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A Keyboard Synthesizer Workstation using Atmega644




Our Keyboard Synthesizer project aims to create a multi-instrument keyboard that can record several different synthesized instruments and play back the track simultaneously. We took a children’s toy keyboard and adapted the printed circuit board within to play a range of notes from various musical instruments. Our user interface is a phone-style keypad for command input along with an LCD that displays the various modes/operations the keyboard supports. It lets the user knows what each key on the keypad does through a help mode and allows for the user to do any of the following: switch the current instrument between a piano, drum, guitar, and clarinet; record a track with that instrument; playback a specific track or all of the tracks layered together; play a demo song; and delete a specific track or all tracks. With these basic operations, the keyboard and keypad combination allow a user to play a variety of notes on a variety of instruments and hear them all played back layered on top of each other.

A Keyboard Synthesizer Workstation using Atmega644

A high-end keyboard synthesizer may cost around $3,000. In this project, we aim to create a very basic keyboard with analogous functionality for less than $75 dollars. Obviously, the quality of the sounds, number of instruments one can play, playback length, and lots of other features are going to be inferior or unimplemented. However, it will still be impressive (and fun!) for us to create a functional keyboard for such little cost in such little time.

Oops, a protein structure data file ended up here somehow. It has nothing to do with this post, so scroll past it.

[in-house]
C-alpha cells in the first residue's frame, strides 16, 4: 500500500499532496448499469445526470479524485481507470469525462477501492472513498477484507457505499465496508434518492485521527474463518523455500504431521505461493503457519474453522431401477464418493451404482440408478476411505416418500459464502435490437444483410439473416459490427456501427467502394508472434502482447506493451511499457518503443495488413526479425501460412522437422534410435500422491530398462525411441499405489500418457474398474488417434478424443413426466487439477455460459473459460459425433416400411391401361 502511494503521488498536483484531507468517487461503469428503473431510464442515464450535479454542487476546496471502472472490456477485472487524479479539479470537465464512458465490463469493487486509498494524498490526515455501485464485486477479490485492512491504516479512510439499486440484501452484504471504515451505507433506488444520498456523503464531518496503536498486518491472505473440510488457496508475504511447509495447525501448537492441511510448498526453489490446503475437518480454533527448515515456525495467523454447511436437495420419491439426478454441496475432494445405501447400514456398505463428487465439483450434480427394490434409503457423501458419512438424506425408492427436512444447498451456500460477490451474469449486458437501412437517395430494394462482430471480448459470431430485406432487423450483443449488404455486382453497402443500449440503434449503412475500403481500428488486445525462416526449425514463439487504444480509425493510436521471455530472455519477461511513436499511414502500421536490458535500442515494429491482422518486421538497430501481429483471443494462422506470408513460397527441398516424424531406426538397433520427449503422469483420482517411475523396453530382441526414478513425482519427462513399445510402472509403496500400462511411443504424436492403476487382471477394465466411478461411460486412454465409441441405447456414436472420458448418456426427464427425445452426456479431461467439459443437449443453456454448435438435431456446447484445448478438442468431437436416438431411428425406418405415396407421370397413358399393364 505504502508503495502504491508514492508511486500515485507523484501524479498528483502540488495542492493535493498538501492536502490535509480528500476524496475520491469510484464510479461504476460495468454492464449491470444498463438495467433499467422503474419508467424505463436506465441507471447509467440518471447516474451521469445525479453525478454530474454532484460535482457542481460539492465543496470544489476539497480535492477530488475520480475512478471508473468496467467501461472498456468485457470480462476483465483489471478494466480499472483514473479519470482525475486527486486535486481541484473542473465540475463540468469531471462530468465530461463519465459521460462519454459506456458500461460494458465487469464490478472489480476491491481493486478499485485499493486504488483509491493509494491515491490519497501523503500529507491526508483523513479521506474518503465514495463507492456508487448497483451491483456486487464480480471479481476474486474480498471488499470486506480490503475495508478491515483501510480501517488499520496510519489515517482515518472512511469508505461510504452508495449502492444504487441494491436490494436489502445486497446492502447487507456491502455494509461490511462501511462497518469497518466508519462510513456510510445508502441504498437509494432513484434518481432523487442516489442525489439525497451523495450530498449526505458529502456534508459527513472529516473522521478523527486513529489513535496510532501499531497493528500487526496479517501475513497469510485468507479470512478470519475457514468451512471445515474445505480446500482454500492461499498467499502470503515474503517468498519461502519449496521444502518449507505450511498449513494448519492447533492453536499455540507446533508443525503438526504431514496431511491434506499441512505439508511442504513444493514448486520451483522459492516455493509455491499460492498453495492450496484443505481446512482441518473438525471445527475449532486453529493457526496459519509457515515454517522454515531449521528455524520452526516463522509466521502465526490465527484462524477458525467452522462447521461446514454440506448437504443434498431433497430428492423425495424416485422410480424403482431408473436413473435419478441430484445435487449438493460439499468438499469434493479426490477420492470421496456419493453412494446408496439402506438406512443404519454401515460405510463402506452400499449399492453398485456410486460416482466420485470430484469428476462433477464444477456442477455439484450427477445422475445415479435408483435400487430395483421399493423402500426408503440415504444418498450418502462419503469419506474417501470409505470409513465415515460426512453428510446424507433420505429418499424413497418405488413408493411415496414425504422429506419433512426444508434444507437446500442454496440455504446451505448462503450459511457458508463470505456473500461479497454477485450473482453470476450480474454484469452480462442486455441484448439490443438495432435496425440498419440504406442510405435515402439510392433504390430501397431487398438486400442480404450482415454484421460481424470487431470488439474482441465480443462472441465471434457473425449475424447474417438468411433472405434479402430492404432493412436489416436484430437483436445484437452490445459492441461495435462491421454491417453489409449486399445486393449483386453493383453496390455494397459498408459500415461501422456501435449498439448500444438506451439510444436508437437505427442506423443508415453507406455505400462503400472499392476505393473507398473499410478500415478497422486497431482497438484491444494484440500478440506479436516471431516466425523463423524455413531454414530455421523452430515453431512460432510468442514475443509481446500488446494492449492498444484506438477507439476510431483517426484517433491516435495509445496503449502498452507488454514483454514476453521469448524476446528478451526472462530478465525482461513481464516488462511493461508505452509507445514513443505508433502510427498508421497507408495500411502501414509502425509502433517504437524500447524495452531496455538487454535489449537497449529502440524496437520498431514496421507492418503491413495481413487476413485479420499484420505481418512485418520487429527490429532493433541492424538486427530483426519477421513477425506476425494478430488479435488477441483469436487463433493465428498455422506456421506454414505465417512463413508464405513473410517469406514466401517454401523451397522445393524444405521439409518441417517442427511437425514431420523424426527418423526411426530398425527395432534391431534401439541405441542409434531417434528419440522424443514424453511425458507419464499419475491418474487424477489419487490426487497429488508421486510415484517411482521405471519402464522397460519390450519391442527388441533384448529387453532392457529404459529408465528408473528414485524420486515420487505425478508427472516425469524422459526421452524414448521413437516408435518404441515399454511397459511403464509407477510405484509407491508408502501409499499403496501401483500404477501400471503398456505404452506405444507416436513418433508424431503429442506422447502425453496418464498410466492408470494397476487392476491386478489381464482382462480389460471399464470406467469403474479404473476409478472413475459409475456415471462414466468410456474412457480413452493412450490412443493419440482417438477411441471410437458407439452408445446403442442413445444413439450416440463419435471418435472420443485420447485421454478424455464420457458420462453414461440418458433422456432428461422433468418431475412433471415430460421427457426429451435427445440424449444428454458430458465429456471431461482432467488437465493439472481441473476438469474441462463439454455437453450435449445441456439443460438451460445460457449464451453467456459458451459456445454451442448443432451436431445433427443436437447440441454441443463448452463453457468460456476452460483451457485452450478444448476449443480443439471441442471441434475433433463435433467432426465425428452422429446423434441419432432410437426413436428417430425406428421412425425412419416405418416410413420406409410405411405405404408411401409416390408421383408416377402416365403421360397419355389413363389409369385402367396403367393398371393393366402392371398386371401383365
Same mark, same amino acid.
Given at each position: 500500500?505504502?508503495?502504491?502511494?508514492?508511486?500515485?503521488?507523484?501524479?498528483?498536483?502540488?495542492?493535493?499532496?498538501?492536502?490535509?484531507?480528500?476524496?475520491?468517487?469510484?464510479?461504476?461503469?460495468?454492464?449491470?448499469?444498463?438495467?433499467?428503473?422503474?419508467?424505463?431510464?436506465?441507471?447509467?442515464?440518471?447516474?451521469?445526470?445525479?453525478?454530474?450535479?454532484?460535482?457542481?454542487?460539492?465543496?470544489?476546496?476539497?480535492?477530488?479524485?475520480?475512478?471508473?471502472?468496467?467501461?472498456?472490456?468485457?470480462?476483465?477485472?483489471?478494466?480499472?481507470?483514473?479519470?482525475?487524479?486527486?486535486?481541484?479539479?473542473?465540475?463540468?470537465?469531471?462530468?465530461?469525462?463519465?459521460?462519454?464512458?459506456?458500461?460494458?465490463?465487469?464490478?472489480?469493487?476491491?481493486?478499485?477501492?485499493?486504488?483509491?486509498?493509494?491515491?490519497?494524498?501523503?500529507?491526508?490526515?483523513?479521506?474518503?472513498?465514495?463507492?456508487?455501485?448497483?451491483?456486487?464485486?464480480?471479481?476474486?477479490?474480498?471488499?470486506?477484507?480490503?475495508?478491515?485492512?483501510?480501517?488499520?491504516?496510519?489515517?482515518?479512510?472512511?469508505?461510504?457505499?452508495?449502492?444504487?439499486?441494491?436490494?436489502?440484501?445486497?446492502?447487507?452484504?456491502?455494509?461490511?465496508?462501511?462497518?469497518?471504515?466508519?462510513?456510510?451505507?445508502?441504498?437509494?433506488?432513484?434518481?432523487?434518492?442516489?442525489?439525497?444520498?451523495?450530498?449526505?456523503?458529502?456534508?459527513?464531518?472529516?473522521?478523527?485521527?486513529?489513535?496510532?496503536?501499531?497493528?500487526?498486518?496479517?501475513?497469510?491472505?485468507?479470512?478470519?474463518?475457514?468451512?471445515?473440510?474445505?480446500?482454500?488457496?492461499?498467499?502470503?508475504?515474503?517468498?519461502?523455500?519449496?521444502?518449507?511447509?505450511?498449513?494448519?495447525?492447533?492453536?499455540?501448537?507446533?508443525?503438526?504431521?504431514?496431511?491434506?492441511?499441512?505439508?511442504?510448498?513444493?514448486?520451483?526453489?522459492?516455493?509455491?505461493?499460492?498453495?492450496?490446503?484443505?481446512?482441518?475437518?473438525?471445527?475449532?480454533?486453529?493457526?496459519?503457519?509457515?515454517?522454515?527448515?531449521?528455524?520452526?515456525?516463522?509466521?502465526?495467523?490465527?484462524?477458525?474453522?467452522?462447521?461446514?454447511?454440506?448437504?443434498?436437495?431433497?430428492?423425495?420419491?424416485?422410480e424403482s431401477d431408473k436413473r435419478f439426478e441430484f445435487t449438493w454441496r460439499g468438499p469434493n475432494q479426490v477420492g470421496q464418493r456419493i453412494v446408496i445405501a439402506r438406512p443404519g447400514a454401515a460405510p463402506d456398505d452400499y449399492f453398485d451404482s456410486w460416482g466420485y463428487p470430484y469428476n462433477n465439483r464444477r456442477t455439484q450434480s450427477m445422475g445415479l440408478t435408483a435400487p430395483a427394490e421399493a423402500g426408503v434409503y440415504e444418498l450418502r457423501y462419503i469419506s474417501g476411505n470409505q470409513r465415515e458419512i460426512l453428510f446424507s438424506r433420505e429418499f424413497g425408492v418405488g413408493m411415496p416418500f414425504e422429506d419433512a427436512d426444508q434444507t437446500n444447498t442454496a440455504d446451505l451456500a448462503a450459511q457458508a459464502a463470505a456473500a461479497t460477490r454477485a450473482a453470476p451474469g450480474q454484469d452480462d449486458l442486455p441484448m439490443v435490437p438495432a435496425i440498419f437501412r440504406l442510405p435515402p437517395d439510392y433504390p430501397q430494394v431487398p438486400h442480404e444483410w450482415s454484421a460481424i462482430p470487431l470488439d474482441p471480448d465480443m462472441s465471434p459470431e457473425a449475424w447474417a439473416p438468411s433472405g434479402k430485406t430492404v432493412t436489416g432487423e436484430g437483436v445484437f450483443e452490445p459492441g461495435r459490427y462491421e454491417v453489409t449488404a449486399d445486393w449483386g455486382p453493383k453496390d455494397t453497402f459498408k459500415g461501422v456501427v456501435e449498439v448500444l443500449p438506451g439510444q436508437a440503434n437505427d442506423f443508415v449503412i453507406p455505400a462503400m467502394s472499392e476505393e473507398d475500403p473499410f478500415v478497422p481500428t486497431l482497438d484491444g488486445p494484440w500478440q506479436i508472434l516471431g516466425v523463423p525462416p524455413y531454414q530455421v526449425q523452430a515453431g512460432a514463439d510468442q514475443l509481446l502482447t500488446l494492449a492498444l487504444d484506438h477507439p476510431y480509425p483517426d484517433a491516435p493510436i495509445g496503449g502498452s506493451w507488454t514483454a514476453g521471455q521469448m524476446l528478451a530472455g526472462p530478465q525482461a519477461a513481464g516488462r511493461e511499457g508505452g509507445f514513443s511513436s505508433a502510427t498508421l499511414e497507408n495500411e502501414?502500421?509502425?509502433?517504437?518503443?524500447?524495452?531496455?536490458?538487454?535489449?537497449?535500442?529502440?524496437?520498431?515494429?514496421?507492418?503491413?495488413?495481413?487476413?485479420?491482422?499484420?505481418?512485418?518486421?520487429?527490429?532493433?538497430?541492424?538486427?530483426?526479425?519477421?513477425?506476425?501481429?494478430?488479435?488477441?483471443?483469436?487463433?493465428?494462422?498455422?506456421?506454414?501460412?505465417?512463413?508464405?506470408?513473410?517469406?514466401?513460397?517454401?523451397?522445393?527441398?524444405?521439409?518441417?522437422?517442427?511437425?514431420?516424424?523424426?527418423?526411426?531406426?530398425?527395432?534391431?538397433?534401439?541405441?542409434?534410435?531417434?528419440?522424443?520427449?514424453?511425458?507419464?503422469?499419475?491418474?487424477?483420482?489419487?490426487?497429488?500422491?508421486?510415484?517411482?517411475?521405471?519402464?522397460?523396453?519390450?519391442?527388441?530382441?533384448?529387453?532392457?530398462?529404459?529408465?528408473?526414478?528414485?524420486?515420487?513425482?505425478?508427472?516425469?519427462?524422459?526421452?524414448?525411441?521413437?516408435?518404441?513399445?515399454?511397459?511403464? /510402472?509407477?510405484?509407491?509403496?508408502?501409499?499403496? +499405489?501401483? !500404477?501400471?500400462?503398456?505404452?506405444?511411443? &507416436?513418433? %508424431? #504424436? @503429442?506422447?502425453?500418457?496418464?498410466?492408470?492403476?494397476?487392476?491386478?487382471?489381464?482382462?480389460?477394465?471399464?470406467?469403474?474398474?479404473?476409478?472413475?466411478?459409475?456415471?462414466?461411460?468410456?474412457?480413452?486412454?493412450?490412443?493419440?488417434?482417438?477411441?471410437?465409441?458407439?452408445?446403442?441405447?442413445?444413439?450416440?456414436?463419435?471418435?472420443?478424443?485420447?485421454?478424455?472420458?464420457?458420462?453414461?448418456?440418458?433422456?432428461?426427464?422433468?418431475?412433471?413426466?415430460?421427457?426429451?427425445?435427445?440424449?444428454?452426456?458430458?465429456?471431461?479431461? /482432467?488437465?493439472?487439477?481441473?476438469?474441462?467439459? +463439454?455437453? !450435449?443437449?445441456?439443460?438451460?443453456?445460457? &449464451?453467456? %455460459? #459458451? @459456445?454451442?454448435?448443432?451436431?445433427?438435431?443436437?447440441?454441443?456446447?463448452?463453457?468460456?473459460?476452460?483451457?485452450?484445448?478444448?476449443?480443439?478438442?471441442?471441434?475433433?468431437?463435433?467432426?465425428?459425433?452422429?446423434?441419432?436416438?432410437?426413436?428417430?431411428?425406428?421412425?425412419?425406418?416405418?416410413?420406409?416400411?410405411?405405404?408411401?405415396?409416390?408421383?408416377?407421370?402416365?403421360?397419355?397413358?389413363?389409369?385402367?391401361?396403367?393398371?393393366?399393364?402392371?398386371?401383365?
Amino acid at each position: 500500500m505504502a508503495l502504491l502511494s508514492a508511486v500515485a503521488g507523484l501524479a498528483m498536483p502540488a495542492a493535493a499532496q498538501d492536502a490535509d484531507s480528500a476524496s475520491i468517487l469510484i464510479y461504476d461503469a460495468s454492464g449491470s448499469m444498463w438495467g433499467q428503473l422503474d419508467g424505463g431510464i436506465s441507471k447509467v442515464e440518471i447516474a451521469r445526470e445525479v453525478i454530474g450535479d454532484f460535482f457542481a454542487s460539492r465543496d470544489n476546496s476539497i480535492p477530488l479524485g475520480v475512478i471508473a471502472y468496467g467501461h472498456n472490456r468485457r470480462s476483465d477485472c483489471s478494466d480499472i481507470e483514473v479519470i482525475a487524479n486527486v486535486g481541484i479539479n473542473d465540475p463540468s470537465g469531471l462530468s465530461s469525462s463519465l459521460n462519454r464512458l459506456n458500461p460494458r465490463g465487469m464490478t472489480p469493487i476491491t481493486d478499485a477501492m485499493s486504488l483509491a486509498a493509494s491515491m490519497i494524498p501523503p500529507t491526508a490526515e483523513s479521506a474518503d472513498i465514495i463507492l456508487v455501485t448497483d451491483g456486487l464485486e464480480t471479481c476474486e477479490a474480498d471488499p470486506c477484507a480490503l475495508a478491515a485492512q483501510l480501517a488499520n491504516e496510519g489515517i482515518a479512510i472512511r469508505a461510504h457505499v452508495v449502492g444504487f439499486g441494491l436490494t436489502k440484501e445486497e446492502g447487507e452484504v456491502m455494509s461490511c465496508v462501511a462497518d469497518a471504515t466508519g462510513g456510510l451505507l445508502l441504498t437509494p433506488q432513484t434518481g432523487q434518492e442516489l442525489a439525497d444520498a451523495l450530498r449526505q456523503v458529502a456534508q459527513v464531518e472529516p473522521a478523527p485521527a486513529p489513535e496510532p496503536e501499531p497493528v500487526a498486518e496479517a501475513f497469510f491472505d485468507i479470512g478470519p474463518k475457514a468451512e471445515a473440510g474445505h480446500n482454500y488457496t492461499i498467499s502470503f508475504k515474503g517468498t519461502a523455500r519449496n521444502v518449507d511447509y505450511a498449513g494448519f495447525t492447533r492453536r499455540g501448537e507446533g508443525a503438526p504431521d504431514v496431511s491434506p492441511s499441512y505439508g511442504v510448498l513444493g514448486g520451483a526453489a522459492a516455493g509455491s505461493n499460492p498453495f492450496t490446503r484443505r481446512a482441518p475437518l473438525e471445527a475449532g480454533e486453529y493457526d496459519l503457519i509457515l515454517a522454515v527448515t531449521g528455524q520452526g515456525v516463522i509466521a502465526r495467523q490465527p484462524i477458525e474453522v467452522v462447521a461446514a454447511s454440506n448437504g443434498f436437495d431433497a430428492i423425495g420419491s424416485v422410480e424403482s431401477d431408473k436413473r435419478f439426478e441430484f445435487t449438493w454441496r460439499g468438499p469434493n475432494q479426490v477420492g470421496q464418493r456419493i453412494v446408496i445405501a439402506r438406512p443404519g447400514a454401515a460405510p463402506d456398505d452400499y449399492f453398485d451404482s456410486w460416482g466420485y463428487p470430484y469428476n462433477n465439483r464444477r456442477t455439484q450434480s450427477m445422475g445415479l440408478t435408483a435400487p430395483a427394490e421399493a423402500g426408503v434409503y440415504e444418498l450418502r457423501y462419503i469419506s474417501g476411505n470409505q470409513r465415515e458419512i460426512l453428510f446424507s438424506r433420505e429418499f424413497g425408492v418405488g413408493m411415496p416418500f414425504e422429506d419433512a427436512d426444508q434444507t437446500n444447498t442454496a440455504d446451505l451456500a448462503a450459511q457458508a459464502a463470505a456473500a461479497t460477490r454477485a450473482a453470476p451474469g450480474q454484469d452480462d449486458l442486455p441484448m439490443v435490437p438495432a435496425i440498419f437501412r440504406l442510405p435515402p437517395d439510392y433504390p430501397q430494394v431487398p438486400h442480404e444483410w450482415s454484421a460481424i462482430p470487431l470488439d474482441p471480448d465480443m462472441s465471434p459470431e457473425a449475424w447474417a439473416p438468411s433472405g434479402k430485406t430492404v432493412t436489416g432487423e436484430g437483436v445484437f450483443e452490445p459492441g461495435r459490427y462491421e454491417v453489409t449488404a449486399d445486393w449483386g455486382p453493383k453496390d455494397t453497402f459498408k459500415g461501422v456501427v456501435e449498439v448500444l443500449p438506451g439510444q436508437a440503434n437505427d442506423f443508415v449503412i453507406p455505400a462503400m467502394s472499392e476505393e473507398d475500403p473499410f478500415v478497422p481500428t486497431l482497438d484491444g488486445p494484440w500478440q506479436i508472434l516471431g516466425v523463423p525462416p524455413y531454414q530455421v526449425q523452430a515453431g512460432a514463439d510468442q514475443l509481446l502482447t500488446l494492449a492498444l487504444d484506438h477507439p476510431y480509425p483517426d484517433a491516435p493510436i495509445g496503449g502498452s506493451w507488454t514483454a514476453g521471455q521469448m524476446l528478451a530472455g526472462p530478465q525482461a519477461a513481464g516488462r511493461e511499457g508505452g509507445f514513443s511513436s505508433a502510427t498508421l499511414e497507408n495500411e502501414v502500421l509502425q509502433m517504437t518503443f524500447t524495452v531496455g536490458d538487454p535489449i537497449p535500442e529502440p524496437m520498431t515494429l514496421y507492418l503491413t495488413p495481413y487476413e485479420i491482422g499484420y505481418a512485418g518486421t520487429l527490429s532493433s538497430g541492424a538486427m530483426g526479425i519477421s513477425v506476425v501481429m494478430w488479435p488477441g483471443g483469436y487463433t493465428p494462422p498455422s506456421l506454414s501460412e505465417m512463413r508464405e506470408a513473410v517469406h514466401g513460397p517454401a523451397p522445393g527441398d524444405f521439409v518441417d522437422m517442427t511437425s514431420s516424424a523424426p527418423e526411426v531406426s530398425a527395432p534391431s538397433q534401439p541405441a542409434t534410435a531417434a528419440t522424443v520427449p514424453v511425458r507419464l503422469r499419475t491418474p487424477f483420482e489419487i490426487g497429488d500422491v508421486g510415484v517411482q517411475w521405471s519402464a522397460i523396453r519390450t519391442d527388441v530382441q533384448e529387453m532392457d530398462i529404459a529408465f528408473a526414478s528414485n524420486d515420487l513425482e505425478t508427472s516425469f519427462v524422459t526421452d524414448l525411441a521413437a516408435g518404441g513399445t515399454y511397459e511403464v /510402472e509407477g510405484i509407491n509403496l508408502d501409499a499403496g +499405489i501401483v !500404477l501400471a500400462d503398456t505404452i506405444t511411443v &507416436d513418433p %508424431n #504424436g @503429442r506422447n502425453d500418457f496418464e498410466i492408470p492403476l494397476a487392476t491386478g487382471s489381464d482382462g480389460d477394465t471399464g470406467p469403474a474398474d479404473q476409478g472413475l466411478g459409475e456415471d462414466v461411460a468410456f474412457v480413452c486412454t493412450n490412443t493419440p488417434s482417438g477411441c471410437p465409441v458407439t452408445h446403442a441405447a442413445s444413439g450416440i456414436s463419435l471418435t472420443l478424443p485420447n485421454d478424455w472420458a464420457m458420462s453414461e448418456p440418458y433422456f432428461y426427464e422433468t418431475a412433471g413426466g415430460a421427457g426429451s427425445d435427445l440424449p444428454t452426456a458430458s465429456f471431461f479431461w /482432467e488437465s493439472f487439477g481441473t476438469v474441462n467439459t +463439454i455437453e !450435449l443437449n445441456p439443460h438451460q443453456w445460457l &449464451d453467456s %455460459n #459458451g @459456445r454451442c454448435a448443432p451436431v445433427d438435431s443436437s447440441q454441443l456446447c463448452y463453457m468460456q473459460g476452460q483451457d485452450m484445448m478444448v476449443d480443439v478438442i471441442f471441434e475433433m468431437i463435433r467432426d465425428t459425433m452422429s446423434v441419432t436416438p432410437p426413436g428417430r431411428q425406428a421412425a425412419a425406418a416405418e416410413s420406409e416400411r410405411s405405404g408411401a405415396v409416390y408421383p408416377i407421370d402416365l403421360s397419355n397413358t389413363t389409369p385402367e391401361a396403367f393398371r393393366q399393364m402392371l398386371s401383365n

About the project

Our Keyboard Synthesizer project aims to create a multi-instrument keyboard that can record several different synthesized instruments and play back the track simultaneously. We took a children’s toy keyboard and adapted the printed circuit board within to play a range of notes from various musical instruments. Our user interface is a phone-style keypad for command input along with an LCD that displays the various modes/operations the keyboard supports. It lets the user knows what each key on the keypad does through a help mode and allows for the user to do any of the following: switch the current instrument between a piano, drum, guitar, and clarinet; record a track with that instrument; playback a specific track or all of the tracks layered together; play a demo song; and delete a specific track or all tracks. With these basic operations, the keyboard and keypad combination allow a user to play a variety of notes on a variety of instruments and hear them all played back layered on top of each other.

A high-end keyboard synthesizer may cost around $3,000. In this project, we aim to create a very basic keyboard with analogous functionality for less than $75 dollars. Obviously, the quality of the sounds, number of instruments one can play, playback length, and lots of other features are going to be inferior or unimplemented. However, it will still be impressive (and fun!) for us to create a functional keyboard for such little cost in such little time.

High-level details

We decided to build this project after tossing around some similar ideas with voice synthesis, beat detection, pitch correction functionalities. We hesitated with these because we had almost no familiarity with the subject matter. The synthesizer workstation seemed to be a good combination of technologies we had learned in the class (keypad input, LCD display, direct digital synthesis by Pulse Width Modulation). We outlined the project in multiple levels of functionality: the minimum viable solution, extras that would be nice, and challenging ideas. Hardware limitations (limited memory, for one) and time constraints would leave us with these functionalities (from a user perspective):

  1. 1.Play notes in real-time from 4 different instruments
  2. 2.Record those notes as they are played
  3. 3.Play back a single track of recorded notes as any instrument
  4. 4.Play back all 4 tracks of recorded notes as any mix of instruments

From an implementation perspective, we needed to accomplish:

  1. 1.Instrument synthesis through a PWM output running at 62.5kHz
  2. 2.Reading commands from a keypad